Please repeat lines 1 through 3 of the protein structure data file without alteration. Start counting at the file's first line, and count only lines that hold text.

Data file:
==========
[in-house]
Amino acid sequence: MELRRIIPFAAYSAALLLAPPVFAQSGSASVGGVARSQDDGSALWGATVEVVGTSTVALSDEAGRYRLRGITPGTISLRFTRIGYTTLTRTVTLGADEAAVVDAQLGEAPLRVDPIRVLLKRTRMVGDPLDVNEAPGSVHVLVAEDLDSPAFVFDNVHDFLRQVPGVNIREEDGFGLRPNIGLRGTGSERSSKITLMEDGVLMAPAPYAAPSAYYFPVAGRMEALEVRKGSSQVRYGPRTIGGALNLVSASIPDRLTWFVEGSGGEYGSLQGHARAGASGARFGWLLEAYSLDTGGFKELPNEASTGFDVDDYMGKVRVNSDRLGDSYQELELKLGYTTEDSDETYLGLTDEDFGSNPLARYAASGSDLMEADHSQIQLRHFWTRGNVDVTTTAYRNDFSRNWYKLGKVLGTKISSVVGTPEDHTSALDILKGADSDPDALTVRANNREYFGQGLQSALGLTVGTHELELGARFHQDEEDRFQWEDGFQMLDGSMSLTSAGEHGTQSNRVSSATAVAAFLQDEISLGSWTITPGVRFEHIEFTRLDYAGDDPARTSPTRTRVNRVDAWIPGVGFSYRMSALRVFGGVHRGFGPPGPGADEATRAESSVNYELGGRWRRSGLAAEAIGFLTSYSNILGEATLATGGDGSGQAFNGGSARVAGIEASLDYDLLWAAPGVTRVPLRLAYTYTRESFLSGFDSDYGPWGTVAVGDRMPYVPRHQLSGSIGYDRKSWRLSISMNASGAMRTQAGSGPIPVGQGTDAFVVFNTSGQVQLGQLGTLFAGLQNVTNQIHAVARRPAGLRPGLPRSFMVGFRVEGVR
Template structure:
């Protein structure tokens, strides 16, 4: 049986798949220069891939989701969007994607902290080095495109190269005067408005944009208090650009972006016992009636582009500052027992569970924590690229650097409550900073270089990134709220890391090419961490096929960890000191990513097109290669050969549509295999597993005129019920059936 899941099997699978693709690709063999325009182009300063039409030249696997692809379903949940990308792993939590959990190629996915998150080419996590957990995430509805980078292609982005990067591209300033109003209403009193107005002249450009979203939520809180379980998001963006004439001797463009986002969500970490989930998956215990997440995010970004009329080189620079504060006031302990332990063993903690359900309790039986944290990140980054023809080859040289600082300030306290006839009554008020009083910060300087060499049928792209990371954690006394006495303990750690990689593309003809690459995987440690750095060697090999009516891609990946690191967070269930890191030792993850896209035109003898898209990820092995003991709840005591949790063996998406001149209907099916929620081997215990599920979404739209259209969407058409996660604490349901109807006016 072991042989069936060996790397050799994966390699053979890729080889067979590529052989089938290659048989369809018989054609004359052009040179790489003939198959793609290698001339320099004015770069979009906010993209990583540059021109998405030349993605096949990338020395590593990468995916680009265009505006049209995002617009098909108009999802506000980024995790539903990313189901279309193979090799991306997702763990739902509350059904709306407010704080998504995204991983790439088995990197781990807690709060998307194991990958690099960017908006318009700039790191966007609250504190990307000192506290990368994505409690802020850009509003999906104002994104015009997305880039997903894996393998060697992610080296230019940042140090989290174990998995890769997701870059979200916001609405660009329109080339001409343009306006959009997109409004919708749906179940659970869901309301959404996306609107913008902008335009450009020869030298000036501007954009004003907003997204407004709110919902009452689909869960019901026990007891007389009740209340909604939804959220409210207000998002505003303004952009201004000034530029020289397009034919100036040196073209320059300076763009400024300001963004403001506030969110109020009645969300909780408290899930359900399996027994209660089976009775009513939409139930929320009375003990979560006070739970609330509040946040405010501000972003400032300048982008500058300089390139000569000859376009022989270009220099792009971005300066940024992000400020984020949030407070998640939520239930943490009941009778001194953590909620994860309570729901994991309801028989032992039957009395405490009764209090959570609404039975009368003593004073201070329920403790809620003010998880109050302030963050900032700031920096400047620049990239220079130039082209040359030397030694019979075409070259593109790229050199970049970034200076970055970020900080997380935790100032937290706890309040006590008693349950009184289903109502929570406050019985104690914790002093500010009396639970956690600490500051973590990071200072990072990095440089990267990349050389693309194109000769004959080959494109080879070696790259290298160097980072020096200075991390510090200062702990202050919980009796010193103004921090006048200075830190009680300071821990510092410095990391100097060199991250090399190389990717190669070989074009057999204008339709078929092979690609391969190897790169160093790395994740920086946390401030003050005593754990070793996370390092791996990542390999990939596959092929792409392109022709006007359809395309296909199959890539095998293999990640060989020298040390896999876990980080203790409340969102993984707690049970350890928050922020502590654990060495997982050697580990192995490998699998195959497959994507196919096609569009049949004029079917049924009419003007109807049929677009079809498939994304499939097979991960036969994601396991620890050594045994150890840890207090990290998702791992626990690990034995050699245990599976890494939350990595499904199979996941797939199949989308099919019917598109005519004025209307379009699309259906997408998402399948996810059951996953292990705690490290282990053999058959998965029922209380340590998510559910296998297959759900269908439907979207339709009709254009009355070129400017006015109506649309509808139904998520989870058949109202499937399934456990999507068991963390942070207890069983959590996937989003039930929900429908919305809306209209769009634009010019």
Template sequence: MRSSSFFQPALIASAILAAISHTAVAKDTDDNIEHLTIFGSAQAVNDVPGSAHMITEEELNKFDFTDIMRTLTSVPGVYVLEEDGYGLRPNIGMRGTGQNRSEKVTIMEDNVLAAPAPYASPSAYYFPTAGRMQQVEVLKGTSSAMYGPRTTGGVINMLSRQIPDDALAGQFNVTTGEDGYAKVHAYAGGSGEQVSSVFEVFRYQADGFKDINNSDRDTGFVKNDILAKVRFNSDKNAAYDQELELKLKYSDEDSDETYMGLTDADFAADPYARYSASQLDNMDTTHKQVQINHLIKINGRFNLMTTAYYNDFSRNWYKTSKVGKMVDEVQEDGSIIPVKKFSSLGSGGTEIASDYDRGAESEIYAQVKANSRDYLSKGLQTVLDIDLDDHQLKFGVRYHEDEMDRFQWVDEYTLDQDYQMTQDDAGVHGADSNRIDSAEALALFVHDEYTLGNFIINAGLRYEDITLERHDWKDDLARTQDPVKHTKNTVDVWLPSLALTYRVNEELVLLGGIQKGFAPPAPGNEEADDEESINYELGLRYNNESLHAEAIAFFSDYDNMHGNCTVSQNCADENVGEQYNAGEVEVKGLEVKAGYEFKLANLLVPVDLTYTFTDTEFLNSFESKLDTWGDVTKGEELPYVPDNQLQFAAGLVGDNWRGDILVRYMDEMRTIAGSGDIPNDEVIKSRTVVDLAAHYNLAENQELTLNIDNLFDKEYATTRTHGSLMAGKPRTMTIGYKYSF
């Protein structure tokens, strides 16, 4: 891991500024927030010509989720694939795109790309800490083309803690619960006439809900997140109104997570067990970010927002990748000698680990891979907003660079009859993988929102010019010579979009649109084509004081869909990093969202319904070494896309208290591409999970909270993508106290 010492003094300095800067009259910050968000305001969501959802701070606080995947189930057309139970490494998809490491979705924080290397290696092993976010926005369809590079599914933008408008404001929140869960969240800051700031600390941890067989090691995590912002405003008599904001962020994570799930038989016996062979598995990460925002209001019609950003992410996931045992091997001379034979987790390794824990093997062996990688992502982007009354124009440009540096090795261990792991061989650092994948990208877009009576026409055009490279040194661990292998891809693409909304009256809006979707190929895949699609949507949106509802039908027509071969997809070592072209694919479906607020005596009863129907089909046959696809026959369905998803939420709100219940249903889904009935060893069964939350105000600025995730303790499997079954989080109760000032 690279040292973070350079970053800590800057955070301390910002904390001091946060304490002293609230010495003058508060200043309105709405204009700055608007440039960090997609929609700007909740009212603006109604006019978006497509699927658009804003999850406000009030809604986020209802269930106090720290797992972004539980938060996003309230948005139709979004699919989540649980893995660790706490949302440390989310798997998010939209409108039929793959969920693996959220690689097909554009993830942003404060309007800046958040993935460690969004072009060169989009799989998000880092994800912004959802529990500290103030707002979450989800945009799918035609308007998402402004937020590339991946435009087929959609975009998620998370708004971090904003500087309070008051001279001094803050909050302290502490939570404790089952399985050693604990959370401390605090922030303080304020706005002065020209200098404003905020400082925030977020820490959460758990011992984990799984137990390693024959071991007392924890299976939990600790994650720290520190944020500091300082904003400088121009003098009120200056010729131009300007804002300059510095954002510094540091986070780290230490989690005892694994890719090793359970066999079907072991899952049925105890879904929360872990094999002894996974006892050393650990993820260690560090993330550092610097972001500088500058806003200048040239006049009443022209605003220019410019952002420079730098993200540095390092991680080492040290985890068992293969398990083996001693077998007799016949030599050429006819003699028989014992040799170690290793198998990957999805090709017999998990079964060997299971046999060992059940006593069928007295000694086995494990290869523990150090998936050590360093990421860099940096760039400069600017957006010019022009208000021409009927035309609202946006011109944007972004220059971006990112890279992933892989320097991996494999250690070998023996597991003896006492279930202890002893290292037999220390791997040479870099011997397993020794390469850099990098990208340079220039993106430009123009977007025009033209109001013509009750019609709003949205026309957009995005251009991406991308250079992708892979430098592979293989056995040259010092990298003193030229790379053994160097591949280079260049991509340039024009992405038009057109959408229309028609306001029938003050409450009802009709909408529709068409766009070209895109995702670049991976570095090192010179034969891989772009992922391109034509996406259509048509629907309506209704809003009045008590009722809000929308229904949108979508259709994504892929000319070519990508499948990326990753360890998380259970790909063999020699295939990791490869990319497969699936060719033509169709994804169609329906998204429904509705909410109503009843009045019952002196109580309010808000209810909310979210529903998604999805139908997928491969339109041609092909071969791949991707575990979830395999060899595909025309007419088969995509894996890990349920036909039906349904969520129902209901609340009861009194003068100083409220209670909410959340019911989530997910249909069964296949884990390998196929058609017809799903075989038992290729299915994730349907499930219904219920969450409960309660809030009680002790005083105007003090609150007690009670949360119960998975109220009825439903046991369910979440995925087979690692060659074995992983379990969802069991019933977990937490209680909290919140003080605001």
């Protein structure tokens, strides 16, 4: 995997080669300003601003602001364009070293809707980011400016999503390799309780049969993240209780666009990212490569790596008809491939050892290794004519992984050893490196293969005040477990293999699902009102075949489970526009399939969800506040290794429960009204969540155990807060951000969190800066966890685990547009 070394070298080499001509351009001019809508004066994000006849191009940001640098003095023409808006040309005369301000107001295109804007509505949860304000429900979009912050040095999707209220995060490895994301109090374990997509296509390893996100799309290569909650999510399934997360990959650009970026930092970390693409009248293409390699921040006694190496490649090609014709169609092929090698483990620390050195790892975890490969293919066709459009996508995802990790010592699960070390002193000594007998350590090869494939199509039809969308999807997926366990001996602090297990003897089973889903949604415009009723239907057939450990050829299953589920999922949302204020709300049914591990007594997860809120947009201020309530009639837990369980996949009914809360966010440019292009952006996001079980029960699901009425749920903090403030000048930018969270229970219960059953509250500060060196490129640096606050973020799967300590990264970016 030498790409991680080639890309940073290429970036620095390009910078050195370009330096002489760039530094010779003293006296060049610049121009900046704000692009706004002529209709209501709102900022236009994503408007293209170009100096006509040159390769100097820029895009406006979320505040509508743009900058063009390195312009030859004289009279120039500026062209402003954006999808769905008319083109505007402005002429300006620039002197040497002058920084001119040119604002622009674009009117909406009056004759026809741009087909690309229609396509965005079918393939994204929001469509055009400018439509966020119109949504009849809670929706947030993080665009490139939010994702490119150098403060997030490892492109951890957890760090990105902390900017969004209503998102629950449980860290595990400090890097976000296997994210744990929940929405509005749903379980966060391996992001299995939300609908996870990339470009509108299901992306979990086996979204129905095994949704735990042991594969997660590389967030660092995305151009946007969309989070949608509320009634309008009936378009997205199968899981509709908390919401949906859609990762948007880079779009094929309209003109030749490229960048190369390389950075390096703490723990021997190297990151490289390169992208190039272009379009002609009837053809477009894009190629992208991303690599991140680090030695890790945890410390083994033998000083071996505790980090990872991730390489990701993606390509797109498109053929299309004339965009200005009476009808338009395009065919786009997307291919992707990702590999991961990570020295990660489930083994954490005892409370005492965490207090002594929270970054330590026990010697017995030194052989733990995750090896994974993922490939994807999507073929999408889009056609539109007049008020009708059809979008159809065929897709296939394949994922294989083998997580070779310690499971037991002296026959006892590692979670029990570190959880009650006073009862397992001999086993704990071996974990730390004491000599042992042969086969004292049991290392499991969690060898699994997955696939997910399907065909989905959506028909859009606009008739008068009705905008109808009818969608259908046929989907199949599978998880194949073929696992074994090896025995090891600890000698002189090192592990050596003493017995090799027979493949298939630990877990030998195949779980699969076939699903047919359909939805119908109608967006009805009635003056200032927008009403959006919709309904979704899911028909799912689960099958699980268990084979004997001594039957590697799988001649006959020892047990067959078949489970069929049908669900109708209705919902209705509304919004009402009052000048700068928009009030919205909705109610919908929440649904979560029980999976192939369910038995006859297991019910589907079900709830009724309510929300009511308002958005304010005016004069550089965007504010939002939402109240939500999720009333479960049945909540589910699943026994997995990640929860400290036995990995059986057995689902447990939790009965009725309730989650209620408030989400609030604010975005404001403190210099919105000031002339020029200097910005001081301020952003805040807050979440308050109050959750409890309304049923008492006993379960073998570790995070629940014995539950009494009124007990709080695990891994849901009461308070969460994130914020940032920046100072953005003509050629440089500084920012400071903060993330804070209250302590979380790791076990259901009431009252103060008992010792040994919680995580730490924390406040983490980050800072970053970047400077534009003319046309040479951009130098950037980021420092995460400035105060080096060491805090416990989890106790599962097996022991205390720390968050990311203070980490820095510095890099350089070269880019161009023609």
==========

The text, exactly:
[in-house]
Amino acid sequence: MELRRIIPFAAYSAALLLAPPVFAQSGSASVGGVARSQDDGSALWGATVEVVGTSTVALSDEAGRYRLRGITPGTISLRFTRIGYTTLTRTVTLGADEAAVVDAQLGEAPLRVDPIRVLLKRTRMVGDPLDVNEAPGSVHVLVAEDLDSPAFVFDNVHDFLRQVPGVNIREEDGFGLRPNIGLRGTGSERSSKITLMEDGVLMAPAPYAAPSAYYFPVAGRMEALEVRKGSSQVRYGPRTIGGALNLVSASIPDRLTWFVEGSGGEYGSLQGHARAGASGARFGWLLEAYSLDTGGFKELPNEASTGFDVDDYMGKVRVNSDRLGDSYQELELKLGYTTEDSDETYLGLTDEDFGSNPLARYAASGSDLMEADHSQIQLRHFWTRGNVDVTTTAYRNDFSRNWYKLGKVLGTKISSVVGTPEDHTSALDILKGADSDPDALTVRANNREYFGQGLQSALGLTVGTHELELGARFHQDEEDRFQWEDGFQMLDGSMSLTSAGEHGTQSNRVSSATAVAAFLQDEISLGSWTITPGVRFEHIEFTRLDYAGDDPARTSPTRTRVNRVDAWIPGVGFSYRMSALRVFGGVHRGFGPPGPGADEATRAESSVNYELGGRWRRSGLAAEAIGFLTSYSNILGEATLATGGDGSGQAFNGGSARVAGIEASLDYDLLWAAPGVTRVPLRLAYTYTRESFLSGFDSDYGPWGTVAVGDRMPYVPRHQLSGSIGYDRKSWRLSISMNASGAMRTQAGSGPIPVGQGTDAFVVFNTSGQVQLGQLGTLFAGLQNVTNQIHAVARRPAGLRPGLPRSFMVGFRVEGVR
Template structure: